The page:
People have being asking me about 2500 tonne of Ammonia nitate fertiliser in Beirut and the Tiwai Ouvea dross which include Aluminium & Magenesium Oxide stored in South-land.
Well..can the 10,000 tonnes at stored at Mataura and else where (including Liddle St where it within a 100 metres of a service station) explode?
Professor Allan Blackman, School of Science at Auckland University of Technology:
“Of the ouvea premix materials, Professor Allan Blackman says the “most potentially hazardous” compound is aluminium nitride, which is what makes ammonia when mixed with water. He also has concerns about heat produced from the reaction when ammonia is made. This is because heat aids in the formation of hydrogen gas and could cause a potential explosion. But this will only happen if “large enough quantities” of hydrogen are generated. But the reaction time of aluminium nitride with water is relatively slow, he says. Which means the release rate of ammonia would be similarly slow, as would the production of hydrogen”. Newshub.
The Ouvea contains various oxides including aluminium oxide powder.
Associate Professor Sally Gaw and Professor Brett Robinson say “they believe the worst case scenario is the heat released by the reaction with water, which could generate a fire at the paper mill along with releasing ammonia gas. “The actual impacts will depend on how much of the ouvea comes into contact with water.” Newshub.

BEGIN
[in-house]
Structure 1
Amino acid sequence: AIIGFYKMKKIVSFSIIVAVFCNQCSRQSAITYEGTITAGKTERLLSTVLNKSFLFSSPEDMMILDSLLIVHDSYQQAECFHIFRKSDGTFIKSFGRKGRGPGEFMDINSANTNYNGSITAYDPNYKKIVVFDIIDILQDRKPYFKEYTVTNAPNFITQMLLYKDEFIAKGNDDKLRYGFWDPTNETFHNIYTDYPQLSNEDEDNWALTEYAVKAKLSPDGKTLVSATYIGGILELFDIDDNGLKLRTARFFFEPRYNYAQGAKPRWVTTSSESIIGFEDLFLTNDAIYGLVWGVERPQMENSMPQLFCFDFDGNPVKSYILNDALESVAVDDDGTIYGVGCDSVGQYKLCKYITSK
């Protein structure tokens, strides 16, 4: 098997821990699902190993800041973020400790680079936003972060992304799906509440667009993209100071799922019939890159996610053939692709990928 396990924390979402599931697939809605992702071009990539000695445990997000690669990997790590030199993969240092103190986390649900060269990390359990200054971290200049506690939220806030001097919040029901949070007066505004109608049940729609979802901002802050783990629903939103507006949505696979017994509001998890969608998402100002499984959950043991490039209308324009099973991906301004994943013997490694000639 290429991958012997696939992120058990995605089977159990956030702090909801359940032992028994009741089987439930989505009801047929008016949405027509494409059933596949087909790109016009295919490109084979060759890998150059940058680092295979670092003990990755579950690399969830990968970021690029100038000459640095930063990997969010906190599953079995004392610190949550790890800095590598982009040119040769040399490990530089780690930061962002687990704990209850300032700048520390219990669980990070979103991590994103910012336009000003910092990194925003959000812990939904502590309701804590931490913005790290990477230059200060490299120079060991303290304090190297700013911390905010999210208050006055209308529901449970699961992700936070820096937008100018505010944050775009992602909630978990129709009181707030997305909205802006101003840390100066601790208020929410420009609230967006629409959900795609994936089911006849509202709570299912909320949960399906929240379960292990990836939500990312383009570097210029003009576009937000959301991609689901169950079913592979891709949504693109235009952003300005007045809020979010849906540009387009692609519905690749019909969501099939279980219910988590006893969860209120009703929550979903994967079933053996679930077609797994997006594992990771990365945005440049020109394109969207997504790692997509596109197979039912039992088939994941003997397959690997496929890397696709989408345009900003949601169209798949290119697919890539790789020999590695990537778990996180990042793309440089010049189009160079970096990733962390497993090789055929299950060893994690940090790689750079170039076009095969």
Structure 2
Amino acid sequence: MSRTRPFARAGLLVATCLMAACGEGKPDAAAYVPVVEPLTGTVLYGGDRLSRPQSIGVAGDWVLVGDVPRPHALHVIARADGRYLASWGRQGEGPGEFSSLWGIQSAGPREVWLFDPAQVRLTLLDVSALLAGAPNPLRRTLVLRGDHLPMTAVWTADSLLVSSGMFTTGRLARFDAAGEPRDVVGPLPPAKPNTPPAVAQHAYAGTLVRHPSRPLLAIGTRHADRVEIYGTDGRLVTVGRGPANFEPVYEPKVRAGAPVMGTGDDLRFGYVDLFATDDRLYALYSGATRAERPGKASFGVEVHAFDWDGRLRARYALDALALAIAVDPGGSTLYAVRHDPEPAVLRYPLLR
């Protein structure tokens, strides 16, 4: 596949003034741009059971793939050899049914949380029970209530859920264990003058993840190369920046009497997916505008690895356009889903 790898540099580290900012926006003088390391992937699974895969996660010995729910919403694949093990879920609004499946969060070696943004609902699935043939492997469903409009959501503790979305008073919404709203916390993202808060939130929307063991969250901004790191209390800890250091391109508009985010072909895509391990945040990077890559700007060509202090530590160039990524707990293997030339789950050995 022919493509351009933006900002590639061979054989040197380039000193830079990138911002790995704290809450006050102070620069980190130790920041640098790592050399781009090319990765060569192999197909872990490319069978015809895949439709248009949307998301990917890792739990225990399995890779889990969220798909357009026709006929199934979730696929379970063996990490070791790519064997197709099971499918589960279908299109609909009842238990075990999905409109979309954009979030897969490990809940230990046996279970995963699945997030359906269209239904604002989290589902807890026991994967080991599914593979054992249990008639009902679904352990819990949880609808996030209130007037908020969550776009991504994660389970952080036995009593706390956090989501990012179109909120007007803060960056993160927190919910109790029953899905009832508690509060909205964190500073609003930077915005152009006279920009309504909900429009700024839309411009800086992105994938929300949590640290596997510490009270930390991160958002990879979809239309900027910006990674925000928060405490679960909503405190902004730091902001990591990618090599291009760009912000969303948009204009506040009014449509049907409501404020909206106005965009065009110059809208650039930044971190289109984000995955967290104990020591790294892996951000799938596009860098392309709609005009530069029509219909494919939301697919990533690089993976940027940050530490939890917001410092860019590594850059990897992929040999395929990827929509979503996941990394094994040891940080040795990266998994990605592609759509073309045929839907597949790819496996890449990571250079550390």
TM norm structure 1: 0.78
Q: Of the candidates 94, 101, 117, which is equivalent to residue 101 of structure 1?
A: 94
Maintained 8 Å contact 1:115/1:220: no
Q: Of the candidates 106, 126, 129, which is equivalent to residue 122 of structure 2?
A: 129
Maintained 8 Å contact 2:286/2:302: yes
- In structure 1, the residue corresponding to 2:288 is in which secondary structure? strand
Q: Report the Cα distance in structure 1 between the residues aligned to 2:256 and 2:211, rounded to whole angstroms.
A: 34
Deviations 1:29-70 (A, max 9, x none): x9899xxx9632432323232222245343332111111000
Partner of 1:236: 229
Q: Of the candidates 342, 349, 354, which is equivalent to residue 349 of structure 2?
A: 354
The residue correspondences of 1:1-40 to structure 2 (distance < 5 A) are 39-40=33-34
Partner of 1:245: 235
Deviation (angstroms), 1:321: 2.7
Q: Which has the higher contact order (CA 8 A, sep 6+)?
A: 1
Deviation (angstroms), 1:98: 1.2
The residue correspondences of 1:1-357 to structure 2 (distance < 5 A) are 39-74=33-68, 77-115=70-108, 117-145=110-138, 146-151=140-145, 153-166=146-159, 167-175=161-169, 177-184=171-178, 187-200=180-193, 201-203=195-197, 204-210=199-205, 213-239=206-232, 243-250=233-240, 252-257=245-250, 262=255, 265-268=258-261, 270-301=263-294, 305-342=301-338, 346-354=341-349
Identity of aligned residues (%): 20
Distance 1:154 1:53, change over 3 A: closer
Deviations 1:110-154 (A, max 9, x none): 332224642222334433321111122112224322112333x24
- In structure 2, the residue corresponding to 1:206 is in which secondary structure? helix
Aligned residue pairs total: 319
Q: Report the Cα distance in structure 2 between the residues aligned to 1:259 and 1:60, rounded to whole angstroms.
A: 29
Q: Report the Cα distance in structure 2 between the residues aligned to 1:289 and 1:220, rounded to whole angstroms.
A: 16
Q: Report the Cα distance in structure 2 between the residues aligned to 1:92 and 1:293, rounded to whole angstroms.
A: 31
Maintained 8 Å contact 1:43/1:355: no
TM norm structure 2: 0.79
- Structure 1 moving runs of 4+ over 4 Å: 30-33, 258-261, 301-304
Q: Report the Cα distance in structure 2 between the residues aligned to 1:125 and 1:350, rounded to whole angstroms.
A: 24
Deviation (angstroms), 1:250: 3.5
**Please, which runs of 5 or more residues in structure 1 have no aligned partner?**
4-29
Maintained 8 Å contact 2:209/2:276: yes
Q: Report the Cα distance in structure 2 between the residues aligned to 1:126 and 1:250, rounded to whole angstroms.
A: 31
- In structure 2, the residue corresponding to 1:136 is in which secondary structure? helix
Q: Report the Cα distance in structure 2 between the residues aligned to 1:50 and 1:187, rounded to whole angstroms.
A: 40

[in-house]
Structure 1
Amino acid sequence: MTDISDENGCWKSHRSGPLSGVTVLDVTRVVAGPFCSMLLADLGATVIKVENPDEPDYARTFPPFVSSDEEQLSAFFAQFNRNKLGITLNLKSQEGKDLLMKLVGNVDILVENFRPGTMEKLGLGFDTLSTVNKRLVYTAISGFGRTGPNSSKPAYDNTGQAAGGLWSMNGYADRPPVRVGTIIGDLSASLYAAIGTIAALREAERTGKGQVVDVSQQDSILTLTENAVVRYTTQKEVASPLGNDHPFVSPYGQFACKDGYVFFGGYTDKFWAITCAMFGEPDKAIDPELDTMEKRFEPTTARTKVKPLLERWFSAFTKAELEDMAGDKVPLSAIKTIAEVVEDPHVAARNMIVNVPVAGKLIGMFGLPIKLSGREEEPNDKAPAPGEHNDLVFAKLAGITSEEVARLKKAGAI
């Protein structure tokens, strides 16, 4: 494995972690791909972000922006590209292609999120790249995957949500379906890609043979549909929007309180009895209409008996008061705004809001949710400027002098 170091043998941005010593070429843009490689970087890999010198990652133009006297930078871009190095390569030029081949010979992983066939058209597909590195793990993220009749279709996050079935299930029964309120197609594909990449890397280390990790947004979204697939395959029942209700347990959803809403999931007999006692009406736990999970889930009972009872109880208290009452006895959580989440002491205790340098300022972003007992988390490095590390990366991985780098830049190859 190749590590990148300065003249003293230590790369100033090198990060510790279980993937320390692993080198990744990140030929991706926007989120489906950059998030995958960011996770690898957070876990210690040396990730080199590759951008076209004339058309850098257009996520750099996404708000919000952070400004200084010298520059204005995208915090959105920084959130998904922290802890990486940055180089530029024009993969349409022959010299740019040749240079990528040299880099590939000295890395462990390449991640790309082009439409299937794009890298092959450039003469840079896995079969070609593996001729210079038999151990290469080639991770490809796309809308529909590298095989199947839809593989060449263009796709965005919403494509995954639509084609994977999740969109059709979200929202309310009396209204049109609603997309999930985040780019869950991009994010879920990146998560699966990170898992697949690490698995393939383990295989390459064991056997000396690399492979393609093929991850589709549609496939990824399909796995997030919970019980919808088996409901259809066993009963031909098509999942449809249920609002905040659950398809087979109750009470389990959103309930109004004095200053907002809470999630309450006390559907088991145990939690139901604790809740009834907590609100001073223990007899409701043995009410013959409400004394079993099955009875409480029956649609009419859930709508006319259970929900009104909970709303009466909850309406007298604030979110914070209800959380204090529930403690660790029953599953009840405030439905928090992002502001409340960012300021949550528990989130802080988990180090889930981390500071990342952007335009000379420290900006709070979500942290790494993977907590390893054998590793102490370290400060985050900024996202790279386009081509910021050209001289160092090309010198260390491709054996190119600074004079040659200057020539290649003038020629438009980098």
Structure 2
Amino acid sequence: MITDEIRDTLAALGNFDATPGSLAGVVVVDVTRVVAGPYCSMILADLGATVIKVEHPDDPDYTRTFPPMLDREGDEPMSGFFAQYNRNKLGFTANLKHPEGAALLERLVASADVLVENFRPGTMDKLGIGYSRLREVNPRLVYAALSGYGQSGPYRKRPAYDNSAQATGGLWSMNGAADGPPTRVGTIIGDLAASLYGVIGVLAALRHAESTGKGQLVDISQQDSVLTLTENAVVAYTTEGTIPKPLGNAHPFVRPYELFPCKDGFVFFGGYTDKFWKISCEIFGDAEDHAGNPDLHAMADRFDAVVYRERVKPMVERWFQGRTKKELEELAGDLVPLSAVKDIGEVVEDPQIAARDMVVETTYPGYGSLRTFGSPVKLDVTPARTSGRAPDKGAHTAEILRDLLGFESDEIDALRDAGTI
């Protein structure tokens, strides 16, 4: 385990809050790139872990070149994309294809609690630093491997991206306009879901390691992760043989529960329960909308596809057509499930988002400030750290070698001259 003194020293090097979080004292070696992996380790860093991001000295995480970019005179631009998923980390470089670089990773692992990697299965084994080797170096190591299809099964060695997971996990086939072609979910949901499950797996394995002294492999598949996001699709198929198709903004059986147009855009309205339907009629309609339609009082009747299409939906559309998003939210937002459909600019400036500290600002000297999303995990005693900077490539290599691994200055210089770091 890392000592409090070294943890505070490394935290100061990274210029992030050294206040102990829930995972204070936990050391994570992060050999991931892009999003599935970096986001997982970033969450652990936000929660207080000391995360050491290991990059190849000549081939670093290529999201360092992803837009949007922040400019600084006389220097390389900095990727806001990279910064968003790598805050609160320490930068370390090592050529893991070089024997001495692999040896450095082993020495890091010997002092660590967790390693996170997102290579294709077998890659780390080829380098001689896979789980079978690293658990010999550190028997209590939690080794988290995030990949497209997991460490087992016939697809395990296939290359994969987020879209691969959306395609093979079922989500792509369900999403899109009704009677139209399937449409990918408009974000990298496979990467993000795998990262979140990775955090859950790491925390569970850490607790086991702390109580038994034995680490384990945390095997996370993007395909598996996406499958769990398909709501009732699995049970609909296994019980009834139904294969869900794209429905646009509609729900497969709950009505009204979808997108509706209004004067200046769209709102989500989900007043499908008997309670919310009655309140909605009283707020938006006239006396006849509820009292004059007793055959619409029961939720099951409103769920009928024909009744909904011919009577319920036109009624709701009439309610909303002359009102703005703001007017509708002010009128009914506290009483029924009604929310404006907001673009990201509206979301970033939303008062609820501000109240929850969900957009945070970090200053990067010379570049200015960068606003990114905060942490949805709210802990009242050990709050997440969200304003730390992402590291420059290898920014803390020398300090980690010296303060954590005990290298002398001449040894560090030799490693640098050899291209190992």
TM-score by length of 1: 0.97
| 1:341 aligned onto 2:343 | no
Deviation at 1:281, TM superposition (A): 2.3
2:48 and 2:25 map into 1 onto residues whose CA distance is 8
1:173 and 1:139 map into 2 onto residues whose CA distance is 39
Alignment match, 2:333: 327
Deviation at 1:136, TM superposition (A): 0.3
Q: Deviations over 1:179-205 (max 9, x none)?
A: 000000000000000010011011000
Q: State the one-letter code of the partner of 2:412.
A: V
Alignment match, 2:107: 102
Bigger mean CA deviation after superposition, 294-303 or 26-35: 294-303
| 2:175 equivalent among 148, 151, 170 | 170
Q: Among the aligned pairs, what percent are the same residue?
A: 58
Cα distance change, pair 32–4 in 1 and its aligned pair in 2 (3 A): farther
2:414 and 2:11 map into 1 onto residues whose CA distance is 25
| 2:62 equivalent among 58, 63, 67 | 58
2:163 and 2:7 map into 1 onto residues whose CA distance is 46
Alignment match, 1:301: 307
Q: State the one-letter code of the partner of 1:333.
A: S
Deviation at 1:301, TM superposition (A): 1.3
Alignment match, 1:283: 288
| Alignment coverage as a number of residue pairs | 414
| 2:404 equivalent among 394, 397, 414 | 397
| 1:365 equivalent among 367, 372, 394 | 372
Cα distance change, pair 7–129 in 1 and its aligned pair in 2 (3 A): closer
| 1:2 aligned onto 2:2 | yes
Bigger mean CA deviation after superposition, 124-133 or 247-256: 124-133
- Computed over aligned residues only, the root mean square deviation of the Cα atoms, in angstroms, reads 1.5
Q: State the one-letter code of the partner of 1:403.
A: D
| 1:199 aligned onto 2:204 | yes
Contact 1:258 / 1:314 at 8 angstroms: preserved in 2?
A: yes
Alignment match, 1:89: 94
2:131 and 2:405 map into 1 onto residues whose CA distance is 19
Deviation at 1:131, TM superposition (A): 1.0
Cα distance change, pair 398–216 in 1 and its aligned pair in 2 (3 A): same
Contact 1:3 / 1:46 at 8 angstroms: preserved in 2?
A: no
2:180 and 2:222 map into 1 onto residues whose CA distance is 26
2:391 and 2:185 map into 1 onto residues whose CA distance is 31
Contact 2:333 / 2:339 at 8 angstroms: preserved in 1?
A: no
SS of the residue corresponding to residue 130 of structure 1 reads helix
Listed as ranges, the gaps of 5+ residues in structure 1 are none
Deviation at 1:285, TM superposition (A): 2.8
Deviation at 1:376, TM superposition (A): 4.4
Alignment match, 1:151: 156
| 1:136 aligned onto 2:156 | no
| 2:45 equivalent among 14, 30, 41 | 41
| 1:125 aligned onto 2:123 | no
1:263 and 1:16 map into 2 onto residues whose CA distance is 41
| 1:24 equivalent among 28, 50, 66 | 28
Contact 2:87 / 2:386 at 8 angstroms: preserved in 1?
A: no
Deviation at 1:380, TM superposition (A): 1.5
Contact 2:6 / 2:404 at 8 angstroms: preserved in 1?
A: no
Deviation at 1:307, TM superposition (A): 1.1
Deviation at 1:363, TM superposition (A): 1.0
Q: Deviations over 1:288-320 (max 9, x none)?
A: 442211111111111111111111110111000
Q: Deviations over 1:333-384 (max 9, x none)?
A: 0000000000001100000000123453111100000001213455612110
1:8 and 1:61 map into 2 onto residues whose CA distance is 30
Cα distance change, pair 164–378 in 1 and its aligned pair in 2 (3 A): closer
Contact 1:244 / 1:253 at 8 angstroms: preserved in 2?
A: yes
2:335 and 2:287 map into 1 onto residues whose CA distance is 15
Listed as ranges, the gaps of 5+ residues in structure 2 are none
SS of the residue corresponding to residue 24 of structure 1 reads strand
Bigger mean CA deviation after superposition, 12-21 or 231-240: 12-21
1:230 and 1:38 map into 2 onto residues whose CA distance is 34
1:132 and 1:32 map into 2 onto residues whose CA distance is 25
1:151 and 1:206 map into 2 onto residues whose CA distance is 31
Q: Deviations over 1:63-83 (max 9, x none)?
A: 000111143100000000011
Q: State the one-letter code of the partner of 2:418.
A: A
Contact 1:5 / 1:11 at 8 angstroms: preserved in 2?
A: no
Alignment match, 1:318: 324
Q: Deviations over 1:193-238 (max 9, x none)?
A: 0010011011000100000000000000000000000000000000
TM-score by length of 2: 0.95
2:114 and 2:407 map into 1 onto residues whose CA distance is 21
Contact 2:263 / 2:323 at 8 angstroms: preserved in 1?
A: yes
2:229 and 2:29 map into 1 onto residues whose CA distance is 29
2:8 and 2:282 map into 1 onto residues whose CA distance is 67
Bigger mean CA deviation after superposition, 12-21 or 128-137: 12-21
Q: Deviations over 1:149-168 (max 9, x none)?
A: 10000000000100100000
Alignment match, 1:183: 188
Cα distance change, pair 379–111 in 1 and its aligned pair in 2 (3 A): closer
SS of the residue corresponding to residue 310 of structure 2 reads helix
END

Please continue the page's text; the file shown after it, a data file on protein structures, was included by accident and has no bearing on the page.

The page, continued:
PS That summary from experts originated from the Newshub link (WHICH ACKNOWLEDGES THE COMBUSTIBILITY VS THE SOUTHLAND TIMES WHICH DRASTICALLY DOWN PLAYED THE COMBUSTIBLE RISK) below and I think is the best answer I can find to-date. As a long term bagger of corporate owned mainstream news I must say on this occasion Newshub deserve a large hand clap, for a job well done. Good on yah Newshub and thanks to Jason (Newshub’s cameraman), who was at the Mataura meeting back in Feb and to John at TVNZ Dunedin bureau, for getting the important point I made to you guys on to your website (even if it got voiced over on the TV broad cast edition) when other media present were trying to downplay the risk.
Chinese news channel PPS HK01 reported that police received reports of a bombs and arrived to find two radio-controlled explosives wrapped in cling film containing 10 kilograms’ worth of deadly components, including Aluminum Nitrate and Hexamethylene triperoxide diamine (HMTD), “highly explosive organic” compounds.